The open-talk hosted by Romklass researchers in Latin American Cultural Studies, Azucena Castro and Gianfranco Selgas, focused on global toxic waste, slow violence, and the contamination of the environment in the recently released documentary “Arica”, by Swedish filmmakers William Johansson Kalé and Lars Edman.

In the mid-1980s, the Swedish mining company Boliden shipped a toxic cargo containing hazardous waste material such as arsenic and lead produced in Sweden to be dumped in Arica, Chile, a place located between the Atacama Desert and the Pacific Ocean. While the toxic waste was supposed to be received and treated by the Chilean company Plomel, “Arica” uncovers how the toxic waste laid in hays open on the ground where children from precarious near-by housing played, where the wind carried out particles of the toxic waste and where the rain slowly led arsenic, lead, cadmium, and mercury closer to the ground water and the living depending on it.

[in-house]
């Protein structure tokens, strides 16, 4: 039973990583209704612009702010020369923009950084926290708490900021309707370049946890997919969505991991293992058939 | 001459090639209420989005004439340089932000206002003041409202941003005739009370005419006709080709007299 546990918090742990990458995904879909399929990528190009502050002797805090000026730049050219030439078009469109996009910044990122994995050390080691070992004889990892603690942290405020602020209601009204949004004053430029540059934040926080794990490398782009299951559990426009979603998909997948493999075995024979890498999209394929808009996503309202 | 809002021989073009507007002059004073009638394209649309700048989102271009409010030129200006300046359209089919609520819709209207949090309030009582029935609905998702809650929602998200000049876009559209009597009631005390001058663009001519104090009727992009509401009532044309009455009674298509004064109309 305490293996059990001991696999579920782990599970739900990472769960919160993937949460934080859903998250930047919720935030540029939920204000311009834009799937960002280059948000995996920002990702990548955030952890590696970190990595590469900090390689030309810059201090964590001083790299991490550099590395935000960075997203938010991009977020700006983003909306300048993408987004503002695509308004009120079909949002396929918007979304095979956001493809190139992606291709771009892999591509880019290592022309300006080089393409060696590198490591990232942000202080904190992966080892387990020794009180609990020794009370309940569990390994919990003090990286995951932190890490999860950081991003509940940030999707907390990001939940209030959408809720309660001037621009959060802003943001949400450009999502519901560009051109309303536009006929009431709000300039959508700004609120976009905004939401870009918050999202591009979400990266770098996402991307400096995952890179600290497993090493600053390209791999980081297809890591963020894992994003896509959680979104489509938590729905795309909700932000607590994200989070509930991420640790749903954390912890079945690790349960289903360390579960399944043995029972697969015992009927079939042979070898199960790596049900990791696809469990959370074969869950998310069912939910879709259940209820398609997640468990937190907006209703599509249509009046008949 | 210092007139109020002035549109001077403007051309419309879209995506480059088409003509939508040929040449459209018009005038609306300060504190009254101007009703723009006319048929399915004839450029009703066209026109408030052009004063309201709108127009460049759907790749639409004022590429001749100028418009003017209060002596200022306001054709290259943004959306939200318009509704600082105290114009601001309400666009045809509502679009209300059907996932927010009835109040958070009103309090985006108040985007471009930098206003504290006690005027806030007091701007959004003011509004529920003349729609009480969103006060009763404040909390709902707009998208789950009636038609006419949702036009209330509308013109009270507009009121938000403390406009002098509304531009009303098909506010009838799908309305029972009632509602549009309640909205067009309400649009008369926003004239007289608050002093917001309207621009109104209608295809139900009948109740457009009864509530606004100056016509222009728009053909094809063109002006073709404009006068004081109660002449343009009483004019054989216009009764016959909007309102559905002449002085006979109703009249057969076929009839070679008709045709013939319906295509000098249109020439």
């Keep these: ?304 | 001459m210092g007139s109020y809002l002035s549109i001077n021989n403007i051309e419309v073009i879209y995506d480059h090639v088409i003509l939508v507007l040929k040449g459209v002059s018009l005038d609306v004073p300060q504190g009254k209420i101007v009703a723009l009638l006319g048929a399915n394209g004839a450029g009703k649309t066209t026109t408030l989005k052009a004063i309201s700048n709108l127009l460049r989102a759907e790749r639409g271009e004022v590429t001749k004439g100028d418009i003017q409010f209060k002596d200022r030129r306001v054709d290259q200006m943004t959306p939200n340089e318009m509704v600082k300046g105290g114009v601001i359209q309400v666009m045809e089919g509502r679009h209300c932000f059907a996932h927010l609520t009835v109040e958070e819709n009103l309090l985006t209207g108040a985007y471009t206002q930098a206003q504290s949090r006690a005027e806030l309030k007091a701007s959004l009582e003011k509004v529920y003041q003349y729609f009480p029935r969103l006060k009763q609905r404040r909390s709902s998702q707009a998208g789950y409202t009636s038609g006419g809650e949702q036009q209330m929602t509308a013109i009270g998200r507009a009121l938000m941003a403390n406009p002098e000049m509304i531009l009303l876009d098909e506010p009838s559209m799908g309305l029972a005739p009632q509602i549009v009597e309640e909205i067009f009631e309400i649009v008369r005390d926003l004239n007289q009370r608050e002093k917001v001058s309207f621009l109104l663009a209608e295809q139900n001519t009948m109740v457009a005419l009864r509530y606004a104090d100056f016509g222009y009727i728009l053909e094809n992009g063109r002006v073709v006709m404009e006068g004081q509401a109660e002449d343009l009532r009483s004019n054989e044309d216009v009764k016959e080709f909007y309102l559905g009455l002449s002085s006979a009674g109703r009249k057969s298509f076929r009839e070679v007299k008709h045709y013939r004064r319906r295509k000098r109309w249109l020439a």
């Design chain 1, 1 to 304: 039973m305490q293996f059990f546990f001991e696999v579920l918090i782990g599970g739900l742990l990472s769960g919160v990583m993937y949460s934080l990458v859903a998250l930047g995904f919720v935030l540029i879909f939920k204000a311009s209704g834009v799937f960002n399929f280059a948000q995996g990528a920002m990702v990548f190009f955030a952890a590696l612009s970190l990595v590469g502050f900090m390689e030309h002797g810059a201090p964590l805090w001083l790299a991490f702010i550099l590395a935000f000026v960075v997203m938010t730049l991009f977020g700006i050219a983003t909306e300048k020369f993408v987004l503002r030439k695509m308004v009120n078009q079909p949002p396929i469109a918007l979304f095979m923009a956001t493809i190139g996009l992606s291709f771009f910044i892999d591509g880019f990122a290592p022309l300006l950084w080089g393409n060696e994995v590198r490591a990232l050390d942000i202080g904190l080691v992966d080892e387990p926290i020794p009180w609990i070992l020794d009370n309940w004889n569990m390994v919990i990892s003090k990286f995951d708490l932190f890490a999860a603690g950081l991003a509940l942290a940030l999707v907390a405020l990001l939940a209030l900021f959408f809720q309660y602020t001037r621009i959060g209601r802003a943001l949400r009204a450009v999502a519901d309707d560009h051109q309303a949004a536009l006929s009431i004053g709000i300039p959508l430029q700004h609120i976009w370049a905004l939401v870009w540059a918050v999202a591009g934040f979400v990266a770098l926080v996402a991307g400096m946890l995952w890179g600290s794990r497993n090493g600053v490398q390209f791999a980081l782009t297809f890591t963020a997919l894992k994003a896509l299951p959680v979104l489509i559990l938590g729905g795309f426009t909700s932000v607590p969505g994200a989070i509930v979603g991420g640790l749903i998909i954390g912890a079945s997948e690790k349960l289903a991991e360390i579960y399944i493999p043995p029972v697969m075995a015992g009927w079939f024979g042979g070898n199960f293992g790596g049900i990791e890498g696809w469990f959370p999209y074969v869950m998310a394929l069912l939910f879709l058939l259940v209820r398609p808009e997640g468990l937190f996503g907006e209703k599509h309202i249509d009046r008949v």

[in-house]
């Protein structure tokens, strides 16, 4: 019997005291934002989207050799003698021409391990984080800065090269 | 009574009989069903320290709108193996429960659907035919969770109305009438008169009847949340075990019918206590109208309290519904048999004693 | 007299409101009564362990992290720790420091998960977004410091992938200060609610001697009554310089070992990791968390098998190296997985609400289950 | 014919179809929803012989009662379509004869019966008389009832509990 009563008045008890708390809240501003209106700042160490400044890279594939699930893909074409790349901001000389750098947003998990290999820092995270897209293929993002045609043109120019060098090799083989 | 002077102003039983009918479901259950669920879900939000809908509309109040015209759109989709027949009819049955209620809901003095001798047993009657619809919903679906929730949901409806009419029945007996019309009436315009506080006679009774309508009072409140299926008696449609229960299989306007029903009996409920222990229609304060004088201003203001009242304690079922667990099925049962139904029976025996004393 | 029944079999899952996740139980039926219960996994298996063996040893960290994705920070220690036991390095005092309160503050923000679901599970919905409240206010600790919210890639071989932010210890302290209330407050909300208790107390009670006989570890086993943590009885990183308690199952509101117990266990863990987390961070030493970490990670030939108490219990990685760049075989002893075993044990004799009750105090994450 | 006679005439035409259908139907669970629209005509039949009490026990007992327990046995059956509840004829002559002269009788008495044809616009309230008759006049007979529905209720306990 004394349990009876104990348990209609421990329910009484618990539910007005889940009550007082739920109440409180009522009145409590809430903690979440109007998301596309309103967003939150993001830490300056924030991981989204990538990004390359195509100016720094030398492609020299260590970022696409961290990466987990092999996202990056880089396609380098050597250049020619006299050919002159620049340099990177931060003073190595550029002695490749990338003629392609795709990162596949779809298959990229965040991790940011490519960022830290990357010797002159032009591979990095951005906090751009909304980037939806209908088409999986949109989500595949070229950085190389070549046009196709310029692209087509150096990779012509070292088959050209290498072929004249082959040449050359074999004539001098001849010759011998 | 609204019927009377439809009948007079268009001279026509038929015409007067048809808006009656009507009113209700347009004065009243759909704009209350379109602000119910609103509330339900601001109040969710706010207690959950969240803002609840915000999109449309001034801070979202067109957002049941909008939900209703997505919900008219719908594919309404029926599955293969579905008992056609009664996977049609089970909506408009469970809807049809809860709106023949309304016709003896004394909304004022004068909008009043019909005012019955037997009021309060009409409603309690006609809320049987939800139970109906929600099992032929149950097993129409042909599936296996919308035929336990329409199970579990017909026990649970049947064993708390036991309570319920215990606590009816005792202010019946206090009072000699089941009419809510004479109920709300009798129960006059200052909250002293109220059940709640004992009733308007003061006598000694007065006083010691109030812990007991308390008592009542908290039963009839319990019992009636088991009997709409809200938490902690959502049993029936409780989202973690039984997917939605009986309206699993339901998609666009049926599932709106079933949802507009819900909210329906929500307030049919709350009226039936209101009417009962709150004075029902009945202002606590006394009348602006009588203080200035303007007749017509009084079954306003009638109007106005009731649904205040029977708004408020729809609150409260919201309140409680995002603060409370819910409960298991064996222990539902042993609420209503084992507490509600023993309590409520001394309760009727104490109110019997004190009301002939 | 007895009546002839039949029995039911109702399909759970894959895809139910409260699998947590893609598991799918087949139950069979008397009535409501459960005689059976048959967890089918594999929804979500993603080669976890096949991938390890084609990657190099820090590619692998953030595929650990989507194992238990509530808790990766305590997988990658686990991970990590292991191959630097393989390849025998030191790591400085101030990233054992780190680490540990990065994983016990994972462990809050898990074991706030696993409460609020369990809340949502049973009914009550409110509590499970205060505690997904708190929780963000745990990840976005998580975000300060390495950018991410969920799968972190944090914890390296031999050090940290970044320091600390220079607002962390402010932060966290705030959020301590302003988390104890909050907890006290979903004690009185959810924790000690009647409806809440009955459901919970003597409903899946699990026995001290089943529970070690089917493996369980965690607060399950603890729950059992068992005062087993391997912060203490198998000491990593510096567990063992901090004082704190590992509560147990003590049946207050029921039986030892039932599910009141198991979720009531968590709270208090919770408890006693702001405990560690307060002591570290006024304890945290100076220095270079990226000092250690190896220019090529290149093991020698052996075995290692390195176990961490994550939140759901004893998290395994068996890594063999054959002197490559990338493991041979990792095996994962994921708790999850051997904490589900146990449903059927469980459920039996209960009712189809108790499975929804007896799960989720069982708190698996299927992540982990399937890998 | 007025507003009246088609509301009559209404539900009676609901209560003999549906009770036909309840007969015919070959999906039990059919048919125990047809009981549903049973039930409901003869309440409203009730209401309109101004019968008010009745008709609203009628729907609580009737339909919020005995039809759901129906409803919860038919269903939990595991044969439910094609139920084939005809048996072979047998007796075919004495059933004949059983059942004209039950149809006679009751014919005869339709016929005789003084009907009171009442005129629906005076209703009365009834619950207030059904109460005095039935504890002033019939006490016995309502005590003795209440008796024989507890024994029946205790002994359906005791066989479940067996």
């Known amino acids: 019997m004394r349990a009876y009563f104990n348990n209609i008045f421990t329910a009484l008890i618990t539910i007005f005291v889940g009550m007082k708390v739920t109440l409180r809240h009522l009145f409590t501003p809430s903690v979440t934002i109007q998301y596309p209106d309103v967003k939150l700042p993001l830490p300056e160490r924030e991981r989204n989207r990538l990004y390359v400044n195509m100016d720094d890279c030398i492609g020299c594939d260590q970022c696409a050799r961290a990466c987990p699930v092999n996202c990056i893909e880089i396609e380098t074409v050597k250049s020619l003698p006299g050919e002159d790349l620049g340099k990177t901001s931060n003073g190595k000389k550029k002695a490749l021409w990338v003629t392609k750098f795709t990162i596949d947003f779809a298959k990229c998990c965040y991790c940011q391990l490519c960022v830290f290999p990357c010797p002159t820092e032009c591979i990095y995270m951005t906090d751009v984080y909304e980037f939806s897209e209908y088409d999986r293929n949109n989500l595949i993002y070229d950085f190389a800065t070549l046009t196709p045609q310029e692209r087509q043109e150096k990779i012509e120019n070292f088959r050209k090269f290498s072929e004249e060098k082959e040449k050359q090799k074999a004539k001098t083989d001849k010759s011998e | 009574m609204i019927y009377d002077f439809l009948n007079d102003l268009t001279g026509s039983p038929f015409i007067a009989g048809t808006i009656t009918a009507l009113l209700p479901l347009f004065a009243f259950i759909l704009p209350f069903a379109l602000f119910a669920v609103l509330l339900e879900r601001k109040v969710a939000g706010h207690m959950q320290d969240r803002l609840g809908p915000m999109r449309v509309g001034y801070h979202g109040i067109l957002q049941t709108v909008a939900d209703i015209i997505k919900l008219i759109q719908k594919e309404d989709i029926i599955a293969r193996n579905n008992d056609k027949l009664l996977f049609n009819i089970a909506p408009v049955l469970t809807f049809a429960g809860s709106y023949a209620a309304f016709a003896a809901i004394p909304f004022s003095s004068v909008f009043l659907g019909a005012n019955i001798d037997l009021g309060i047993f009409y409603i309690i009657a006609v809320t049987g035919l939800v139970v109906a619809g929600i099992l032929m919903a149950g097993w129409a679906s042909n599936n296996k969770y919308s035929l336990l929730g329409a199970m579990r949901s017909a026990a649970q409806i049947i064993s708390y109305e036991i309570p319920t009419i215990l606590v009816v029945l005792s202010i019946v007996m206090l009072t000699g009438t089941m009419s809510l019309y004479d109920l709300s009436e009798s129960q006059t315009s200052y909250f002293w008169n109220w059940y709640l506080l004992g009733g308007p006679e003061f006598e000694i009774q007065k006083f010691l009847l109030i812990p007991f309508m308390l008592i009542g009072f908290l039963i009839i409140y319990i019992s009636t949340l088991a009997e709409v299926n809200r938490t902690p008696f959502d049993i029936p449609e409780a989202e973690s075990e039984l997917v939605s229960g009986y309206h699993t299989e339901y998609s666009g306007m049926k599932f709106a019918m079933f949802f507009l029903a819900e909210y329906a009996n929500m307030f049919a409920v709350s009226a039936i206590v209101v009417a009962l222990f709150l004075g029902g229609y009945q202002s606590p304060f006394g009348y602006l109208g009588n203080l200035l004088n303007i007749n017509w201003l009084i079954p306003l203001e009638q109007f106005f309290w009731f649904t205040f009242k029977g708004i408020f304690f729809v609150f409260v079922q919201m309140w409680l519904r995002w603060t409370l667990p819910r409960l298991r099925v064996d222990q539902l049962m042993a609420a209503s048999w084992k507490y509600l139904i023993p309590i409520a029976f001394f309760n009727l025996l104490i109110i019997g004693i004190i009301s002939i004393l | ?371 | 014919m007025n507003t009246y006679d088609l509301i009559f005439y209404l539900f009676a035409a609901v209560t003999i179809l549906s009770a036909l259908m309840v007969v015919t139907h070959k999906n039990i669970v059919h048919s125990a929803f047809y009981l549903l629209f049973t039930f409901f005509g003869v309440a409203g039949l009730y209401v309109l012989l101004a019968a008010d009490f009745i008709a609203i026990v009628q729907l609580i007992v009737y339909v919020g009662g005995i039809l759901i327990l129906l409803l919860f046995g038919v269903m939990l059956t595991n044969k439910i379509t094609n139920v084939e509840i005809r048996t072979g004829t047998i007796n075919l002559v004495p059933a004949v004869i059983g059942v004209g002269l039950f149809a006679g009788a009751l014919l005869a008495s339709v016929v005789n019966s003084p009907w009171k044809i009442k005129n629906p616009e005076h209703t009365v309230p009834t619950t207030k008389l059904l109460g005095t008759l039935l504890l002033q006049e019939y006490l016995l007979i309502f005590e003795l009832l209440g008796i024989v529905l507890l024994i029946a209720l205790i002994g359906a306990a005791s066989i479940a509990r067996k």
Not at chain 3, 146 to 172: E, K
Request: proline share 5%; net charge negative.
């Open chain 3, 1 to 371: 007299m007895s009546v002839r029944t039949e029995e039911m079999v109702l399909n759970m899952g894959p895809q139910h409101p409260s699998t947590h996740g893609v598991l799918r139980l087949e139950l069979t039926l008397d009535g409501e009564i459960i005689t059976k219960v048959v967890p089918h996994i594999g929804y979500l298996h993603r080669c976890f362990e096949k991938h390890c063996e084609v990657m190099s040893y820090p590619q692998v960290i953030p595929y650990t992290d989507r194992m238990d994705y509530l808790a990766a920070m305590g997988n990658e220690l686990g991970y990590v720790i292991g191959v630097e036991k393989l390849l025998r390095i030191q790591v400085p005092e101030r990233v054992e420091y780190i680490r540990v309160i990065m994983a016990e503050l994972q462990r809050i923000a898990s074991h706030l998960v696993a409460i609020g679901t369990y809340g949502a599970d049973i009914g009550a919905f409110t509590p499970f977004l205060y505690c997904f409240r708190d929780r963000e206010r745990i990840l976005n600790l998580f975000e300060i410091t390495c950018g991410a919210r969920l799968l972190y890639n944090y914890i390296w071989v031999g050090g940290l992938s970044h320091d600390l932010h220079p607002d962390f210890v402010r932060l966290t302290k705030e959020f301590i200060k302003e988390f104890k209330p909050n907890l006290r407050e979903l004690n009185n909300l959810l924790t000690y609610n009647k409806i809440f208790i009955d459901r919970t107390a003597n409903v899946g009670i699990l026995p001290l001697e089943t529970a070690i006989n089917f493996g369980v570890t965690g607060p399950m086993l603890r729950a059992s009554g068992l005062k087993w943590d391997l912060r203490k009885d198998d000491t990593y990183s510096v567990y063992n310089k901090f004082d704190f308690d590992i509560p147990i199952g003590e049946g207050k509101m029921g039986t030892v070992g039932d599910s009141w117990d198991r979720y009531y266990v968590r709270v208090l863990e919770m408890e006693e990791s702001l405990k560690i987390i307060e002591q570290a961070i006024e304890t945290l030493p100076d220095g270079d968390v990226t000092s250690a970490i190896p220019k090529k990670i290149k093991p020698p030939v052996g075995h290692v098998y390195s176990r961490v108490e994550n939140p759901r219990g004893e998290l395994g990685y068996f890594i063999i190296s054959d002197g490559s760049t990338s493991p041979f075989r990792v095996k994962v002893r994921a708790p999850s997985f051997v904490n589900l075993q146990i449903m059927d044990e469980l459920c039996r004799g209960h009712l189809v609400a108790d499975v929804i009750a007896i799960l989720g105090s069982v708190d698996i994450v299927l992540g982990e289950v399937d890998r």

Organized within the on-going “Ciclos de cine Latinoamericano” in NILAS, the open-talk took Johansson Kalé and Edman’s film as a point of departure to discuss the intersection between Latin America’s zones of sacrifice, slow violence and toxicity associated to extractivism, environmental justice and environmental law, as well as the aesthetic and political force embedded in environmental film-making.